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FIRST-PERSON: Biblical womanhood & the military

MOUNTAIN HOME, Idaho (BP) — I have always been the bearer of Type-A personality. As a military member, such a personality pays dividends. “Type-A’ers” recognize problems and thrust themselves into developing solutions. Due to possessing the gift of leadership and having a knack for planning and executing tasks, the military was an ideal fit for me.

God opened doors for me to receive a military scholarship to college, affording me the opportunity to meet my future husband. However, somewhere around the five-year mark of my career, I realized it is more conventional, more “normal,” when Type-A attributes are possessed and demonstrated by men.

I lamented that I was (supposedly) not taken seriously. I was angry that I was not a “bro” — a term used half-endearingly, half-sarcastically in the military. As a “green,” young officer, I could not bear this inequality, either blatant or implied. I earned my scholarship just like anyone else, I reasoned. I completed the physical requirements admirably. Why was I being treated so unfairly? Why didn’t I fit in?

Regardless of whether these alleged injustices were real or creations of my own mind, I wondered how I could ever be expected to lead a group of male airmen if my independent, goal-oriented personality traits were not taken seriously.

I figured I might as well buck up and be as tough as possible. I had to prove to my coworkers that I could handle any situation just like my male counterparts. I thought I had to think like a man, talk like a man. Ironically, as much as I tried to fit in with the men, I began to ascribe to the neo-feminist mindset often touted in popular culture: Man is the enemy. This mindset was destructive and created in me a sort of victim mentality. It is almost embarrassingly cliché that I maintained this type of bombastic personal philosophy.

I was absolutely miserable. As much as I tried, the unnatural mantle I donned while in uniform was choking the life out of me. I hated “being one of the boys.” My wakeup call occurred in the midst of a recent deployment, where spending much needed time alone in the Word renewed and refreshed my soul. I dug deeper into the biblical basis for my femininity. I studied and meditated — I mean really meditated — on the stories of women in the Bible: Esther, Ruth, Sarah, and especially Eve, in whom I saw a great deal of myself. I had long since scoffed at Proverbs 31, Ephesians 5:22-23 and 1 Peter 3:3-4. In my haughtiness and arrogance, I believed such passages were a given. I chose to focus on what I deemed to be “deeper theological concepts” rather than the “elementary doctrines” of biblical womanhood.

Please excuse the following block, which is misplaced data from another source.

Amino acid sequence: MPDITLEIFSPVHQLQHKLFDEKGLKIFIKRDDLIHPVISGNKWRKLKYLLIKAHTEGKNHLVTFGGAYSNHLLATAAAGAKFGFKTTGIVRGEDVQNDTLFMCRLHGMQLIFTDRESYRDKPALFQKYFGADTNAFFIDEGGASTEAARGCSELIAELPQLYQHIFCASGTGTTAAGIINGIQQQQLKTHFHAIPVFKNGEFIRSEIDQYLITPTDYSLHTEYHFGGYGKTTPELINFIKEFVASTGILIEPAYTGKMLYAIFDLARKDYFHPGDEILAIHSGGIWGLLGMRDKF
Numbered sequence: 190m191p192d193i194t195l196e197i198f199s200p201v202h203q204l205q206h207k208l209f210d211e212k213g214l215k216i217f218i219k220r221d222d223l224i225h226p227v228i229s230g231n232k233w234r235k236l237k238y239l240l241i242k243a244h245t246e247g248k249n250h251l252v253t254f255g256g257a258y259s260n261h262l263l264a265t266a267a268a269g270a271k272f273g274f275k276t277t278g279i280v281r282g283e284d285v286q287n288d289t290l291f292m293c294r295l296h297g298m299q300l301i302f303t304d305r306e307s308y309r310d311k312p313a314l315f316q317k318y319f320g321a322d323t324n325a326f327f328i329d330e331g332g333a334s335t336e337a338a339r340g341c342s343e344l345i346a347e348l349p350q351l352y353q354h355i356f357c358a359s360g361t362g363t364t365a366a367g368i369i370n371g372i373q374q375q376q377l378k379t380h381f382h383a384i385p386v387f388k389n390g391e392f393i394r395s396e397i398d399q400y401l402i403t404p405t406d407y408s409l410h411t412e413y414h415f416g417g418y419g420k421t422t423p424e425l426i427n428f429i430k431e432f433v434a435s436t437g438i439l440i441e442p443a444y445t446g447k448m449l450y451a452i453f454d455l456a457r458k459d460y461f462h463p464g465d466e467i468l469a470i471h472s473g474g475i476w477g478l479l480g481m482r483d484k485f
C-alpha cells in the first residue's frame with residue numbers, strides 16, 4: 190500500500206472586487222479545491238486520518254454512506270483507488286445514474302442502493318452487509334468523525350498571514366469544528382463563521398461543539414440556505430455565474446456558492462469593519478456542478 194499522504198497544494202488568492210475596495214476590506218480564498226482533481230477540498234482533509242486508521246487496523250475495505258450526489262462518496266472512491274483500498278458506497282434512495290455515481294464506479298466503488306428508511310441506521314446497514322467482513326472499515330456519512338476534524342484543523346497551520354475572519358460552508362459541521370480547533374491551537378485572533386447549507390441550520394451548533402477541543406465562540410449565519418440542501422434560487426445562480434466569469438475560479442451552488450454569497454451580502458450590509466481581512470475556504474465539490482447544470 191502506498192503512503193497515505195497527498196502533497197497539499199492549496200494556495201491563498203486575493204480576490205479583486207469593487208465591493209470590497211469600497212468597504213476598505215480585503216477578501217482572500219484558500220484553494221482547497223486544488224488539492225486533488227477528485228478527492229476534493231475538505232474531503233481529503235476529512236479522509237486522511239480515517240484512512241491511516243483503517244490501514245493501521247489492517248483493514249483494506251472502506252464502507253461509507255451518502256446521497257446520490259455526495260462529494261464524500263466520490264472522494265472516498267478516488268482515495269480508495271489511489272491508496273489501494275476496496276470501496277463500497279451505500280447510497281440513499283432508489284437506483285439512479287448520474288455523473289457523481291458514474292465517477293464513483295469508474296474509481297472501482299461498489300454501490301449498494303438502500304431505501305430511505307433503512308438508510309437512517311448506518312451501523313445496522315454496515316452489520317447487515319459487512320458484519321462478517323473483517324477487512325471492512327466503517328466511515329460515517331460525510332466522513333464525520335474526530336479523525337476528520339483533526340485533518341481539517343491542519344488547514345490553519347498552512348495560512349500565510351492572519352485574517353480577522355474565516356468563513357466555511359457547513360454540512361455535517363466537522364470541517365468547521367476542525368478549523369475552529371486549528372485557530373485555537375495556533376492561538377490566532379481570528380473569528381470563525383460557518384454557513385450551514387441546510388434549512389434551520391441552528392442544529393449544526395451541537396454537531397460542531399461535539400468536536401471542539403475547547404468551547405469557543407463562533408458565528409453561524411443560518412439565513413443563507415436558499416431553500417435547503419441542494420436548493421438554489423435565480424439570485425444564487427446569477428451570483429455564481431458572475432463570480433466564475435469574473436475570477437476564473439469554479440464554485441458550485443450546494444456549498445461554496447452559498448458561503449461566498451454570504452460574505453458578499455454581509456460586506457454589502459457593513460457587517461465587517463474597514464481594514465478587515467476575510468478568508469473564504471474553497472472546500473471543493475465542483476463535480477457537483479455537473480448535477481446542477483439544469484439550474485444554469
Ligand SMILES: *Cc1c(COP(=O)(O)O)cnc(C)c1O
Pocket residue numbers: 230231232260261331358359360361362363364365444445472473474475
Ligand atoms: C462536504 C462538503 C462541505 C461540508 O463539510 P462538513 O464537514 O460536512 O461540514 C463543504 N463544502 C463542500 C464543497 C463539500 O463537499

When the Holy Spirit softened my heart, it occurred to me: I am a woman, and the divine design within my biology dictates a great number of my physical weaknesses — and strengths. In trying to figure out how to exist as a female in the military, I had forgotten how God called me to exist as a female, period. I had forgotten that the God of the universe uniquely equipped me to use my gifts for His glory, specifically, a sense of the needs of others and an uncanny understanding that the fighting on the outside is a symptom of things on the inside. No, these are not always traits unique to women. However, my sensitivity and emotionally adept nature make it easy for me to be in tune with such traits.

As females enter the civilian work force and the military alike, we must remember it is a foolish notion that women must take on the traits of men in order to be successful and “make rank.”

A thorough examination of what we deem to be success should be conducted. Unfortunately, many measure success materialistically. In the military, this might mean attaining high rank. God does not define human success that way. A successful endeavor to God is one that ultimately gives glory to Him.

Adhering to biblical womanhood might seem impossible for women called to a profession outside of the home. But if God has genuinely called them to one of these fields, He will equip them to accomplish His purposes in accordance with His Word, not in spite of it.

Neglecting biblical womanhood is not an option for me; it is a blatant slight at my Creator.

    About the Author

  • Shea Hicks

    Shea Hicks serves in the U.S. Air Force and is a master of divinity student at Southwestern Baptist Theological Seminary.

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